Qualcomm (NASDAQ:QCOM) is set to release its second quarter fiscal 2016 earnings on Wednesday, April 20, after the closing bell. Analysts on average expect that the company's EPS will come in at $0.96 on revenues of $5.34 billion. In the year-ago period, the company's EPS was $1.40 on revenues of $6.9 billion. This implies that analysts are modeling more than 30% YoY decline in EPS and more than 20% YoY decline in revenues.
Snapdragon 820: Qualcomm's Key Revenue Driver
2015 was a difficult year for Qualcomm, as it was facing antitrust regulations across the world. The company's high-margin licensing business suffered the most due to these antitrust issues. The problem got bigger in China, where Qualcomm failed to sign new licensing deals.
In addition, its Snapdragon 810 chip was an utter failure. Samsung (OTC:SSNLF) ditched Snapdragon 810 and started using its own Exynos chips for Galaxy S6 smartphones. However, what some analysts failed to understand is that Qualcomm remained the top smartphone chip seller even during this difficult time. Its market share reached 42% in 2015.
Qualcomm is finally out of the woods. Although the company has projected softer revenue and profit guidance for the fiscal second quarter, it has successfully managed to stabilize its international operations. The company officially launched the Snapdragon 820 chip in November 2015. Since the chip is thermally more efficient compared to Snapdragon 810, smartphone OEMs are rapidly adopting it. HP (NYSE:HPQ), Sony (NYSE:SNE), LG, HTC, Xiaomi and Letv are all embedding Snapdragon 820 in their latest smartphones.
Even Samsung has chosen Snapdragon 820 for its US and China versions of Galaxy S7 and S7 Edge handsets, leaving its own Exynos 8890 chip (which is the only competitor of Snapdragon 820 as of now). For other versions though Samsung has selected Exynos 8890. Qualcomm's fiscal second quarter revenue will certainly get a boost as a result of Snapdragon 820 launch. If the company can remain the top seller of smartphone chips during its crisis period, it could easily sell its best smartphone chip by huge volume.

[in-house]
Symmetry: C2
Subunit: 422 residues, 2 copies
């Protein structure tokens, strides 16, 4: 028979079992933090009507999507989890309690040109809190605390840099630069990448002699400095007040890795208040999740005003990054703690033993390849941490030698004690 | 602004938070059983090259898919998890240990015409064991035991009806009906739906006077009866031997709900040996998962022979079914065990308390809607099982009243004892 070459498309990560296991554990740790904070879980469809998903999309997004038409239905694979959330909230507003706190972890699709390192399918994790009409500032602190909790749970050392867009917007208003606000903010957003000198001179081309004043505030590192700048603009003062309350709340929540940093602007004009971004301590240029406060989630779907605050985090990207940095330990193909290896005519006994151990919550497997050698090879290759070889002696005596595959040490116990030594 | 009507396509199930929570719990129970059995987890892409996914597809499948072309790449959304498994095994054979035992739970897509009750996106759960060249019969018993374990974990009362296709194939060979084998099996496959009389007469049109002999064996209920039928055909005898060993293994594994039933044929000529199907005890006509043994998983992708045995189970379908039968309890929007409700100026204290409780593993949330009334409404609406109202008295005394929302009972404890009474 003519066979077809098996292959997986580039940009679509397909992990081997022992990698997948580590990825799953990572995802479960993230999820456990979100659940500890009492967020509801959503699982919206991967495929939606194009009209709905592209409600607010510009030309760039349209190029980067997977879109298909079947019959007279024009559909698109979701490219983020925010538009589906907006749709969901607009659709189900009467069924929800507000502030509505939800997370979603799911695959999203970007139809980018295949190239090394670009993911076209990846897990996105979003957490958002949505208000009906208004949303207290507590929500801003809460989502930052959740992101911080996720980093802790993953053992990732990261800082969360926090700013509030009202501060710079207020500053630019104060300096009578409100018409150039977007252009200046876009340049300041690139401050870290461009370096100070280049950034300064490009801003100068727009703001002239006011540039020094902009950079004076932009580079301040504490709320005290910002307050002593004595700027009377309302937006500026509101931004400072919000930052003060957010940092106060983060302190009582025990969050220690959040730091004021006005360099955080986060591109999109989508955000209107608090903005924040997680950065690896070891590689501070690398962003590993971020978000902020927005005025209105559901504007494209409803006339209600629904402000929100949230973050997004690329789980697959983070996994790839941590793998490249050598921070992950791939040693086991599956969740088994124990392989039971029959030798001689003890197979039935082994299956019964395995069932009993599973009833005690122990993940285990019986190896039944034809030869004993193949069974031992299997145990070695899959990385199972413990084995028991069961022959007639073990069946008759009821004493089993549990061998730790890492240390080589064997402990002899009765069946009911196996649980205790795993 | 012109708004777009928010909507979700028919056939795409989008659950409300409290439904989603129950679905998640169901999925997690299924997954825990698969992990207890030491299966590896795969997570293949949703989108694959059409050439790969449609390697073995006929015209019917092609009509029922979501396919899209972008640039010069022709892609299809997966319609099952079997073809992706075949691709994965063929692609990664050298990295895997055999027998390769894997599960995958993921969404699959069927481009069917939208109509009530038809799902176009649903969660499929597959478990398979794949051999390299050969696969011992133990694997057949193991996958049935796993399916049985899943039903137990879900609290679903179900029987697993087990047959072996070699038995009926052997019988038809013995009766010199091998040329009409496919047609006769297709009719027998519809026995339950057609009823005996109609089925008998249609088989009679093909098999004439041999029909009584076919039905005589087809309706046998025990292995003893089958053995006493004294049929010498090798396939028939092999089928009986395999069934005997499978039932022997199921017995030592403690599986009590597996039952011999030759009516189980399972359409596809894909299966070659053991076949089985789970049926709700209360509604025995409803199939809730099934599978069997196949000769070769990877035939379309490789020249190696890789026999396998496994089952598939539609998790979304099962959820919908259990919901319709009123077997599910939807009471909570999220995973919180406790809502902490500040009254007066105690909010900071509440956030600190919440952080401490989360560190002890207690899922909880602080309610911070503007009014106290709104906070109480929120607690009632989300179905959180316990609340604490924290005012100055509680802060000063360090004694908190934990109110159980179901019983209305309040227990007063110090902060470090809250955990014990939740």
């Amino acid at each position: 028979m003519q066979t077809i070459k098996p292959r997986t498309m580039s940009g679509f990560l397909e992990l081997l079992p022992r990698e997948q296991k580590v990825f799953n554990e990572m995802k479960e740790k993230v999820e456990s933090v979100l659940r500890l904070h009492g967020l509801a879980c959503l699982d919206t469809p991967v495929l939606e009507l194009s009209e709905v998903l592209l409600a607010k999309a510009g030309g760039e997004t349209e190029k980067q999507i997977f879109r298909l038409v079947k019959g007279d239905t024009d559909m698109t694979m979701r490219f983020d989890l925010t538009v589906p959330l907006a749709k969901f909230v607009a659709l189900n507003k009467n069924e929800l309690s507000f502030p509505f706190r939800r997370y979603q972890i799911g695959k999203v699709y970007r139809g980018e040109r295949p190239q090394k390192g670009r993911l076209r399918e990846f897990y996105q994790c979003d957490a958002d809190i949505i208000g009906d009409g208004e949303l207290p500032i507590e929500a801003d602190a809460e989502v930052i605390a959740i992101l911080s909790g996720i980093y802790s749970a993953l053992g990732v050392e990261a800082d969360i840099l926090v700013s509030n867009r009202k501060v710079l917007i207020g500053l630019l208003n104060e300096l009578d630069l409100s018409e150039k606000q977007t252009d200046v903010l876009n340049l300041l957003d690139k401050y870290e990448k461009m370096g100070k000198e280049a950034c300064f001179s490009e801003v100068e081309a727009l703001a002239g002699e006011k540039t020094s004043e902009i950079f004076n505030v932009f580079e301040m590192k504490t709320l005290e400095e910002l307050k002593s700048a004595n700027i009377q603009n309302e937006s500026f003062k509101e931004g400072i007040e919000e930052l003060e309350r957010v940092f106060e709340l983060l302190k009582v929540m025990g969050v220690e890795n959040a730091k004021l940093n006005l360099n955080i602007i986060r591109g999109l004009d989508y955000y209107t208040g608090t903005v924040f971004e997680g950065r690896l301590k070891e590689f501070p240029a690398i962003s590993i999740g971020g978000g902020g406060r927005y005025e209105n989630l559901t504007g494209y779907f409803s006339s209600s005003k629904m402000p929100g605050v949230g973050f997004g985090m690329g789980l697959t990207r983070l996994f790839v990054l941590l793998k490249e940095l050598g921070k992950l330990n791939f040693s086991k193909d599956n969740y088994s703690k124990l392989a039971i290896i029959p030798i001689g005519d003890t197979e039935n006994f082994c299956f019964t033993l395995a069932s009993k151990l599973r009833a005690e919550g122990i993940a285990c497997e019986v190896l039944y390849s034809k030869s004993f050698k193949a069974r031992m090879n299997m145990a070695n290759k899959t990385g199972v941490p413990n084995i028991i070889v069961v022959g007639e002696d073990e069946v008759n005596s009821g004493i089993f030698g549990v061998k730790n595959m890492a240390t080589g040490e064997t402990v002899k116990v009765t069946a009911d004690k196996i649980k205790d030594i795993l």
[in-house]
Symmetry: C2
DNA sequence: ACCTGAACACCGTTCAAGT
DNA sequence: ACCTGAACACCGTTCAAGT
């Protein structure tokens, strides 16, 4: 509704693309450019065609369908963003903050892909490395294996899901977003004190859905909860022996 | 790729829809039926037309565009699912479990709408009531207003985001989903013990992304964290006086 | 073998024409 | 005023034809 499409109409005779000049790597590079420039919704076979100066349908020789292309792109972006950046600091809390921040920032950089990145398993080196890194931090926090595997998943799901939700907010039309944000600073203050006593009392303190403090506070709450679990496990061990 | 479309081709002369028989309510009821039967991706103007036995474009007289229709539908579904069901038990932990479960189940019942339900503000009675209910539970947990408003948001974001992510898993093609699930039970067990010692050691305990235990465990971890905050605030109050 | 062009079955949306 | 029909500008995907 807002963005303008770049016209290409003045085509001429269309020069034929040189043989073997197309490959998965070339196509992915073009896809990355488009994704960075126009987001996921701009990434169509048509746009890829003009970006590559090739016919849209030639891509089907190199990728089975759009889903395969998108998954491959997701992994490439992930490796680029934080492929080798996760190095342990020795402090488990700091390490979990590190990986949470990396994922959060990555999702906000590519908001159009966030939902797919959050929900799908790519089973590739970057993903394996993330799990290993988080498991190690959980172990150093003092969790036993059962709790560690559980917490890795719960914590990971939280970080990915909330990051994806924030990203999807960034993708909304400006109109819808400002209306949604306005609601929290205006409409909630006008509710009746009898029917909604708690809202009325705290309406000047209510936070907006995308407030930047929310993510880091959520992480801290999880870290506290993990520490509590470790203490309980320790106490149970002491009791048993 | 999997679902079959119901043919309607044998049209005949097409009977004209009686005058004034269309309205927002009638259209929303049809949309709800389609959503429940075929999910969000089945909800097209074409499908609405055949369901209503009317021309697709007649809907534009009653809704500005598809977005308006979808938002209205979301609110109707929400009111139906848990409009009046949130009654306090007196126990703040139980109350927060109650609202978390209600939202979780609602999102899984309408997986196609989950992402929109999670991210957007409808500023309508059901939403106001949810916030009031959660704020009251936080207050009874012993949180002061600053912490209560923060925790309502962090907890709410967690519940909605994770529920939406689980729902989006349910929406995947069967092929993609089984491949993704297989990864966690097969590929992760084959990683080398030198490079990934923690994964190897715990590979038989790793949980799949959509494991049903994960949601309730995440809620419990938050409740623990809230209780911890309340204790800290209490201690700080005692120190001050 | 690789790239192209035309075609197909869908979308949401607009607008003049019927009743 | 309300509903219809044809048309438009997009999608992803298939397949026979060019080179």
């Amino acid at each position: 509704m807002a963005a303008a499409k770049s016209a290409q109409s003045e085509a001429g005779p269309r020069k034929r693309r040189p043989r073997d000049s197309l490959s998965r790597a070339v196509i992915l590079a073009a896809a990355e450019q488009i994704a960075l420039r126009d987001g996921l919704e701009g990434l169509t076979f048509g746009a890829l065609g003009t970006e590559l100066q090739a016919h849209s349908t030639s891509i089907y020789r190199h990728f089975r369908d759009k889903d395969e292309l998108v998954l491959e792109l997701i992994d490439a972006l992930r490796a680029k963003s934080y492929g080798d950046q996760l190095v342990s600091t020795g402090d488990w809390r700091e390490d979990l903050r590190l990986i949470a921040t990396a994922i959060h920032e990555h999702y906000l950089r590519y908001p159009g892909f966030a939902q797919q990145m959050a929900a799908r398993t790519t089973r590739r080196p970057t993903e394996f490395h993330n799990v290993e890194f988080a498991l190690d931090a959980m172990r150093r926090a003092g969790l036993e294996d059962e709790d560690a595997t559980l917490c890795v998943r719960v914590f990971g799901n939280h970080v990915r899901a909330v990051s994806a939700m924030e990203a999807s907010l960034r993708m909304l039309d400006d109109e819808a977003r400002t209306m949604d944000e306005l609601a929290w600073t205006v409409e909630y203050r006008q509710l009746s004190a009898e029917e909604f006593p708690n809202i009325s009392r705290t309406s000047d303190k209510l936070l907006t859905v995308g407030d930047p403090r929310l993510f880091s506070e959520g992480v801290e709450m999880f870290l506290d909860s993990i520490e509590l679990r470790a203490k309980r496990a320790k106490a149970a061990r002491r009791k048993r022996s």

Then Why The Company Has Given Softer Guidance?
Well, that's a valid question. The answer is global smartphone shipments won't see much growth this year. In addition, Samsung is becoming a tough competitor for Qualcomm.
Image Credit: Statista
Although Snapdragon 820 will help Qualcomm garner more revenues in the rest of 2016, I believe Qualcomm won't be able to bounce back to 2014 level in terms of revenue this year or even next year. Investors have to wait until 2018 for a substantial bounce in Qualcomm's revenues, when smartphone shipments will rise significantly, as projected by Statista (please see the figure above).
Licensing Business Gradually Bouncing Back
QTL's (Qualcomm Technology Licensing) licensing business, which suffered the most due to antitrust issues, should bounce back to the pre-crisis level this year. The March quarter has seen a significant development in this front. The company has signed a new 3G and 4G patent license agreement with Lenovo. The deal covers devices marketed by Lenovo and Motorola in China.
Qualcomm CEO Steve Mollenkopf said during fiscal first quarter earnings release that the company has signed several new license agreements in China. Royalties from these license agreements should be reflected in the most recent quarter revenues.
Revenue and EPS Estimates
Qualcomm has guided that fiscal second quarter revenue will be between $4.9 billion and $5.7 billion, and EPS will be in the range of $0.90 - $1.00. In the fiscal first quarter, its revenue came in at $5.8 billion. I expect second quarter revenue will be greater than first quarter revenue, driven by Snapdragon 820 adoption and new license agreements (which were absent in the first quarter).
Since Qualcomm is well known for providing weak guidance, its March quarter revenue could easily exceed the top end of the guidance range, and cross $6 billion. For simplicity's sake, I'd assume its revenue will be $6 billion, a round figure. Now applying a net margin of 20.75% (average of past four quarters) on the revenue figure, I get $1.25 billion as Qualcomm's net income, which translates into a GAAP EPS of $0.84. Non-GAAP EPS could be closer to analysts' estimates.
Per my estimates, Qualcomm will beat analysts' revenue expectation. The stock has rallied meaningfully during the past few weeks and could be due for profit booking post earnings, unless Qualcomm beats analysts' estimates by a significantly wider margin. Any drop in the stock price post earnings should be considered a golden buying opportunity.
Disclosure: I am/we are long QCOM.
I wrote this article myself, and it expresses my own opinions. I am not receiving compensation for it (other than from Seeking Alpha). I have no business relationship with any company whose stock is mentioned in this article.
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